Owen Davies

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For the West Indian cricket umpire, see Owen Davies (umpire).
Owen Davies
Born (1969-08-26) 26 August 1969 (age 45)
Edenbridge, Kent, UK
Education Sondes Place Comprehensive School, Dorking, Surrey
Occupation Professor in Social History
Years active 1999-
Employer University of Hertfordshire

Owen Davies is a reader in Social History at the University of Hertfordshire. His main field of research is on the history of modern and contemporary witchcraft and magic.[1]

His interest in the history of witchcraft and magic developed out of a childhood interest in folklore and mythology, which was spawned in part from reading the books of Alan Garner. From around the age of sixteen he also became interested in archaeology and began to get involved with field-walking and earthwork surveying. He then went on to study archaeology and history at Cardiff University, and he spent many weeks over the next six years helping excavate Bronze Age and Neolithic sites in France and England, mostly in the area around Avebury. He developed has a strong interest in archaeology in general, and the ritual monuments and practices of the Neolithic and Bronze Age.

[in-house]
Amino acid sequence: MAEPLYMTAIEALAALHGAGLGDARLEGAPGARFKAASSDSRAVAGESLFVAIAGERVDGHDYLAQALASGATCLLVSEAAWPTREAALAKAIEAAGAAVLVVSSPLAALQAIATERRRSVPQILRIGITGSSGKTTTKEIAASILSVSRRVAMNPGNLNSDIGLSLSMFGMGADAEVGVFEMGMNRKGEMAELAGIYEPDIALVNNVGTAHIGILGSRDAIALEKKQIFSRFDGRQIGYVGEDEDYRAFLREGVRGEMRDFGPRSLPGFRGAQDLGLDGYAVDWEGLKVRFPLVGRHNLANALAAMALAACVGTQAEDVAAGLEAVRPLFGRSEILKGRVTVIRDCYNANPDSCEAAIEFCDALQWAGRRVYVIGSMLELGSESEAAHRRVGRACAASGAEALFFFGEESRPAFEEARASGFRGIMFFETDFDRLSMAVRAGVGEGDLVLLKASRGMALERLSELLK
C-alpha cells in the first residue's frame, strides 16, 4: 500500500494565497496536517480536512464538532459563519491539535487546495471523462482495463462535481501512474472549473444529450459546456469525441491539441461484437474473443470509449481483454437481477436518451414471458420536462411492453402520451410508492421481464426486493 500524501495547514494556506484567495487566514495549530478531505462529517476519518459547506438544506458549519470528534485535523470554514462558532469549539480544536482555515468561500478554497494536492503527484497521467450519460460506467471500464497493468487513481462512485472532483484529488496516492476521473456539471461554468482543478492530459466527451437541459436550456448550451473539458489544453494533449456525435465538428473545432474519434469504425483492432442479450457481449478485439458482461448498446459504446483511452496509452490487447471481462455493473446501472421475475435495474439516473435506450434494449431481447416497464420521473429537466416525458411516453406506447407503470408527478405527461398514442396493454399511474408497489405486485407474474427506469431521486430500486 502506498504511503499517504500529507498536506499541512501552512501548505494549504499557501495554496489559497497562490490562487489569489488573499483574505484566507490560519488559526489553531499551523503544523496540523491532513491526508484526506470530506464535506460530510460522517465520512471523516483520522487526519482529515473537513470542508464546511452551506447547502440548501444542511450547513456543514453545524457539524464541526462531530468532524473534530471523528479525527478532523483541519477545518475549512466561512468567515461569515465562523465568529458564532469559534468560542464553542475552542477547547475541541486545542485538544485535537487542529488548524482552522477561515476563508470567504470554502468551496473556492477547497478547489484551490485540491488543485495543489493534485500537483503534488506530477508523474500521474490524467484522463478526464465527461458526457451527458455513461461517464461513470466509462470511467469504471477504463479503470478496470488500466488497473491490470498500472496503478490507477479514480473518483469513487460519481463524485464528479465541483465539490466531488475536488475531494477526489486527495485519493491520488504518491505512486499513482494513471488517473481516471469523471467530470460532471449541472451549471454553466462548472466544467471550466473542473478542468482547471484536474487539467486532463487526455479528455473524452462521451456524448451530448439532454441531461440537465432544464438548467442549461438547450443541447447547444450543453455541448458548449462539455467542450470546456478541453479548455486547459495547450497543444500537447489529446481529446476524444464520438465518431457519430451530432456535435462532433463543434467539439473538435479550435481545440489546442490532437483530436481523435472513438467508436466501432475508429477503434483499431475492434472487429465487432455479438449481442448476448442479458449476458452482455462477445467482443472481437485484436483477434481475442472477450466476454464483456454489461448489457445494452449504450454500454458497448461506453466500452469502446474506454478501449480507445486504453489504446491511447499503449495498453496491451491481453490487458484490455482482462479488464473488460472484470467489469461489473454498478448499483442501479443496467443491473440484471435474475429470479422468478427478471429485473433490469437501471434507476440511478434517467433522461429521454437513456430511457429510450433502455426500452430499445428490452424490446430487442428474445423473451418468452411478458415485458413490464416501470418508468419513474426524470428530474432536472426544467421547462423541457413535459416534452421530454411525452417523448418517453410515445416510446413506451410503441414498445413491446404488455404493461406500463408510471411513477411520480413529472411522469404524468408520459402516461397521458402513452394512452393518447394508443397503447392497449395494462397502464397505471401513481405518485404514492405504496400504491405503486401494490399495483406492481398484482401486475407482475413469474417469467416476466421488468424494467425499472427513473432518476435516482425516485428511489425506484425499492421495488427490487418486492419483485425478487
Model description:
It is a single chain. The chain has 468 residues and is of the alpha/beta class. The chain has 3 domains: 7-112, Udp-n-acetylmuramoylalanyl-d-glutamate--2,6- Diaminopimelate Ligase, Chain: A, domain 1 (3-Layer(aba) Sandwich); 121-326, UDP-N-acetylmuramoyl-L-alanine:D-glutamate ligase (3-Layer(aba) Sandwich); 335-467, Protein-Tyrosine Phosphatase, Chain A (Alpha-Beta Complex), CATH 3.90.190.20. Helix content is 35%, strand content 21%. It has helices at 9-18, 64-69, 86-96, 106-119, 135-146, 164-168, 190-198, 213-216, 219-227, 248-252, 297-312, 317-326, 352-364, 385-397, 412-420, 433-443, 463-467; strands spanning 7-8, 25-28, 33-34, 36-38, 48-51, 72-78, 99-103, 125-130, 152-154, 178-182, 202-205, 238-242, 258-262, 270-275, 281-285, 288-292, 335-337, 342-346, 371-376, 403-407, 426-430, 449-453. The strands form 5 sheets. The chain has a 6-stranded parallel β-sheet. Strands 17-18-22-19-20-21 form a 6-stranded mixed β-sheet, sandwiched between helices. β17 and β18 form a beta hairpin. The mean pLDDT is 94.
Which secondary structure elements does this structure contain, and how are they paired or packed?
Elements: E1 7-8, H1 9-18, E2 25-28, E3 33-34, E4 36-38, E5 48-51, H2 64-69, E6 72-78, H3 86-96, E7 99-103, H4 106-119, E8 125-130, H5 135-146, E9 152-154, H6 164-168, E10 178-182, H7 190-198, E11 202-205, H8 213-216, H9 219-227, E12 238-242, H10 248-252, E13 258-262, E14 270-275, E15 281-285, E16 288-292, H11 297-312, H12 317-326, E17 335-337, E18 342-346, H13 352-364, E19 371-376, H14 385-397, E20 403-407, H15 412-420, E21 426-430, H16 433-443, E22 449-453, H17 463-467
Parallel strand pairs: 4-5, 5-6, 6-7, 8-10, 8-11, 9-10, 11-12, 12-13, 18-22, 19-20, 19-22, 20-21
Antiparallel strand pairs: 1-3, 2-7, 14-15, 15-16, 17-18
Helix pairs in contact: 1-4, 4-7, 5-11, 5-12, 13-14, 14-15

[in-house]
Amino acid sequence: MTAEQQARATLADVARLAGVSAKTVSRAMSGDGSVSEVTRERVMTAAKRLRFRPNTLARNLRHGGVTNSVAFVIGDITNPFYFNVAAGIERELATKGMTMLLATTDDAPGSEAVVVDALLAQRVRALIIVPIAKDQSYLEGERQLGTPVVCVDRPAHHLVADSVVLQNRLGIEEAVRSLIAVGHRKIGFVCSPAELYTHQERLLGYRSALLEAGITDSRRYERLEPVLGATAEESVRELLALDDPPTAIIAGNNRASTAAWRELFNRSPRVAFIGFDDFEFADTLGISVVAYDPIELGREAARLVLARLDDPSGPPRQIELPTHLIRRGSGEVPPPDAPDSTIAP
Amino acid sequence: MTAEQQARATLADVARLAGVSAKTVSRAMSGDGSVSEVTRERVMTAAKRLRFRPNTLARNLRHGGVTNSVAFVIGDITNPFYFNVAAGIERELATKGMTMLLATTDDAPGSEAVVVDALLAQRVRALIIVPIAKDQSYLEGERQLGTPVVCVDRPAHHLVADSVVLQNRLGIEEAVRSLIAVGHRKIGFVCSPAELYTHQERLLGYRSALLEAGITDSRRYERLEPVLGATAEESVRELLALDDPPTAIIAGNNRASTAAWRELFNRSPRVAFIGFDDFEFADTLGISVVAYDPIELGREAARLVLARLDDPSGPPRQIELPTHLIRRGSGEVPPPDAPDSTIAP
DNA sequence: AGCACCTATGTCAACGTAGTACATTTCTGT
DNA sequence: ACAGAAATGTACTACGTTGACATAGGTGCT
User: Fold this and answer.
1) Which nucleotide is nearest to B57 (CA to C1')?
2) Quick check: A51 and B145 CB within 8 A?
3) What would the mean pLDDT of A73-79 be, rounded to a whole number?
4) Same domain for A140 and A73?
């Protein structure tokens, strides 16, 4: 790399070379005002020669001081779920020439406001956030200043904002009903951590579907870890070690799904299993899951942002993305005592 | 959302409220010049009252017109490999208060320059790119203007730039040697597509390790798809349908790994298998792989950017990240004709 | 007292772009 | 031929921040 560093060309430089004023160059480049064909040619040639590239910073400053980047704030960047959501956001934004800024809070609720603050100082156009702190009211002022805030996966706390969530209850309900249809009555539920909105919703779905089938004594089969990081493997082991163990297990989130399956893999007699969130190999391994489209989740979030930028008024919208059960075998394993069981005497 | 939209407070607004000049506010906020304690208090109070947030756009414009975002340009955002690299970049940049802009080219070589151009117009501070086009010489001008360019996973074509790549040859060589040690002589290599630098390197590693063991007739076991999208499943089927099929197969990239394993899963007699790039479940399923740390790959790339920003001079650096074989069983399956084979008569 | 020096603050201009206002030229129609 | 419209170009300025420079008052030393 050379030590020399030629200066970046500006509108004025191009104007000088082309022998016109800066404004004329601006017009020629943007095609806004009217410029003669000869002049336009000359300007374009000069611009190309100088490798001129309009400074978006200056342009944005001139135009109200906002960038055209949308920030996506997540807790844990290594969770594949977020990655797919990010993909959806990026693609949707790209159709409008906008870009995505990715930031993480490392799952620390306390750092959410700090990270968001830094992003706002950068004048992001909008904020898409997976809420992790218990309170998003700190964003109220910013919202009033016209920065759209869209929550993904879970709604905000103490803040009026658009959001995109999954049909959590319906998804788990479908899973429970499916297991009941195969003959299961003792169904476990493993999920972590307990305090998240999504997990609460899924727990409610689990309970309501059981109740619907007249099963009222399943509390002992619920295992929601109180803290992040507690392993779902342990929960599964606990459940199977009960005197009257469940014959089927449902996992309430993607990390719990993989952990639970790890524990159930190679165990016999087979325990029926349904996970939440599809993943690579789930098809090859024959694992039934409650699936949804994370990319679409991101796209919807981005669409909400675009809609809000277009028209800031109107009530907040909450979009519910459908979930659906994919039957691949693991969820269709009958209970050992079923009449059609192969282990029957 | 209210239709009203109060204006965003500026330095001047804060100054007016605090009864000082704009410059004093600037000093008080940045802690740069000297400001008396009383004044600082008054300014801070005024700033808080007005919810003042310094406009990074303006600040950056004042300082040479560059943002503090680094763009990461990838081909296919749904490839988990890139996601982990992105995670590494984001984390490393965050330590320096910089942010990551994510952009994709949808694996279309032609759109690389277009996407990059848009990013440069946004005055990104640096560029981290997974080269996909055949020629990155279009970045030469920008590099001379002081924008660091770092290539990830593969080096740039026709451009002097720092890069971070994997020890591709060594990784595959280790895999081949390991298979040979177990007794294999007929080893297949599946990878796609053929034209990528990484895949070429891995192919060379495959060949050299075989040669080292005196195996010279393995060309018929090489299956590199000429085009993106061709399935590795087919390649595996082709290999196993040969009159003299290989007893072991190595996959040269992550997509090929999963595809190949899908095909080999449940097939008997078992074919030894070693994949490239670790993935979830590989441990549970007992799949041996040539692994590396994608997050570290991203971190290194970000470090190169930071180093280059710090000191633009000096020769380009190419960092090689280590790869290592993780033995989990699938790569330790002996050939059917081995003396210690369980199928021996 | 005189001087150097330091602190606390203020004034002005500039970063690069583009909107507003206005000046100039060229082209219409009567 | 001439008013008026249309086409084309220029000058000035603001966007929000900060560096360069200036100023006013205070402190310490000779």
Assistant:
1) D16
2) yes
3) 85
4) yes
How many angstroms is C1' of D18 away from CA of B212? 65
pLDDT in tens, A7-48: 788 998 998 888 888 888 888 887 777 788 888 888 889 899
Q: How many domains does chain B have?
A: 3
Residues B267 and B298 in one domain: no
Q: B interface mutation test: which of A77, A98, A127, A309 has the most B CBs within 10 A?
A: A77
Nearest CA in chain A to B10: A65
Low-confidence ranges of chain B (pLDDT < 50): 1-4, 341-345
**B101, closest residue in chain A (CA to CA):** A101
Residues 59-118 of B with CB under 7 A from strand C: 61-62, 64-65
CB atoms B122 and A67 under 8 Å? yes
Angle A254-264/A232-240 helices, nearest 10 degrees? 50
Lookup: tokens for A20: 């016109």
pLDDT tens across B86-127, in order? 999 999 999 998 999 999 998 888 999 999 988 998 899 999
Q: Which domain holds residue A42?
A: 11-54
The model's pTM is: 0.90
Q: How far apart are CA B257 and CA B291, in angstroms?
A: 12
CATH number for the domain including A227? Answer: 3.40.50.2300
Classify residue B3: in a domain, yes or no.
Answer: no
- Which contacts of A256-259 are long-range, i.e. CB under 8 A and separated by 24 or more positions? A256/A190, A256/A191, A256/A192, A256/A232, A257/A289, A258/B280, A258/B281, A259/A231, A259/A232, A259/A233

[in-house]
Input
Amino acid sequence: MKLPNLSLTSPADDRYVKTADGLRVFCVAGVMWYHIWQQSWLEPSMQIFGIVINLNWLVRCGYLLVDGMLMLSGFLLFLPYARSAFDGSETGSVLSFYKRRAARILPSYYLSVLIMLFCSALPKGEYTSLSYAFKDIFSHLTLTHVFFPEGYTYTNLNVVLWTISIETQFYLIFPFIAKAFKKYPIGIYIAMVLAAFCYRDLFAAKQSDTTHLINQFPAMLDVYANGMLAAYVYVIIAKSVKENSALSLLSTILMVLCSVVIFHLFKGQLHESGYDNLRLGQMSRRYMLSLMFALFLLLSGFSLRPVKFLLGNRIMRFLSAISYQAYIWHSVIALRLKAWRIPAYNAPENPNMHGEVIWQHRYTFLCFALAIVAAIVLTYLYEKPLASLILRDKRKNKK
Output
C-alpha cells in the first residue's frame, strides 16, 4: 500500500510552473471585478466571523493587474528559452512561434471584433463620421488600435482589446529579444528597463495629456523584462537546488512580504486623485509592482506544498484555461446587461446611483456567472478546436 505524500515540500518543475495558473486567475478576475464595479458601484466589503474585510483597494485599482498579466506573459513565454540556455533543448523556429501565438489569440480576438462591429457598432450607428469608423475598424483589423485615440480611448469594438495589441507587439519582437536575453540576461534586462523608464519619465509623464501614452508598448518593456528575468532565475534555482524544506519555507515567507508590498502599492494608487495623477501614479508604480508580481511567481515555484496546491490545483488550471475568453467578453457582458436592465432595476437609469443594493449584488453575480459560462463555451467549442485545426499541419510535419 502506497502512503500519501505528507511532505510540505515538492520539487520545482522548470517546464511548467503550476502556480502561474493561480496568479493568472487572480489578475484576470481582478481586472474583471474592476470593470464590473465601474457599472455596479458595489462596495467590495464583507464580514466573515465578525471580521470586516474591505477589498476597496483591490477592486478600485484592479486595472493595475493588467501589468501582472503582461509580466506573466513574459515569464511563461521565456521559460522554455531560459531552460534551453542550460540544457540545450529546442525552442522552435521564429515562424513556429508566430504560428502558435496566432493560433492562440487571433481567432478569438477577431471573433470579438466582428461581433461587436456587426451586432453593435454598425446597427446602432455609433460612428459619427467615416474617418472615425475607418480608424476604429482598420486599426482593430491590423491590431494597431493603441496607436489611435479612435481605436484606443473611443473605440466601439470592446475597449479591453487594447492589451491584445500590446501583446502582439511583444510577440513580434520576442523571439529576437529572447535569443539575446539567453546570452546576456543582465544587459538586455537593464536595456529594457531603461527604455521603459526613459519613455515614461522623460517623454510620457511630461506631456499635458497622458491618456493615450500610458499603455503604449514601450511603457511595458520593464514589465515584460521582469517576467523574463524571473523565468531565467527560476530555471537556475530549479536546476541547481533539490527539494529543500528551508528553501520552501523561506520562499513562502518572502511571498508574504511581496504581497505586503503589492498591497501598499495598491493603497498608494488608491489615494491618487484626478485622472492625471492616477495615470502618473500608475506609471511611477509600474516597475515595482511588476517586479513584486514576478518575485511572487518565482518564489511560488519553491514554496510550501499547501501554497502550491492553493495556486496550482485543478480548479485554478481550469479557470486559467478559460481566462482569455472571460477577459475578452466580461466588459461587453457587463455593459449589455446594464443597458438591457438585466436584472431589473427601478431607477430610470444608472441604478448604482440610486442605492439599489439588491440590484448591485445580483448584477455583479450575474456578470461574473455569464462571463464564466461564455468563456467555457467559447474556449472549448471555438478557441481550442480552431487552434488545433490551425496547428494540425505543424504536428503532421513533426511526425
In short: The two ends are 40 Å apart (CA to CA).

From Cardiff he went on to write a doctorate at Lancaster University, working on a thesis looking at the continuation and decline of popular belief in witchcraft and magic from the Witchcraft Act 1735 to the Fraudulent Mediums Act 1951 (1991-1994).

Publications[edit]

He co-edited the following collections of essays:

  • Davies, Owen; de Blécourt, Willem, eds. (2004). Beyond the Witch Trials: Witchcraft and Magic in Enlightenment Europe. Manchester University Press. ISBN 978-0-7190-6660-3. OCLC 56344687. 
  • de Blécourt, Willem; Davies, Owen, eds. (2004). Witchcraft Continued: Popular Magic in Modern Europe. Manchester University Press. ISBN 978-0-7190-6658-0. OCLC 56465533. 

He has also written numerous articles on the same subject in various history and folklore journals.

References[edit]

  1. ^ Davies, Owen (4 April 2008). "Owen Davies's top 10 grimoires". The Guardian. Retrieved 8 April 2009.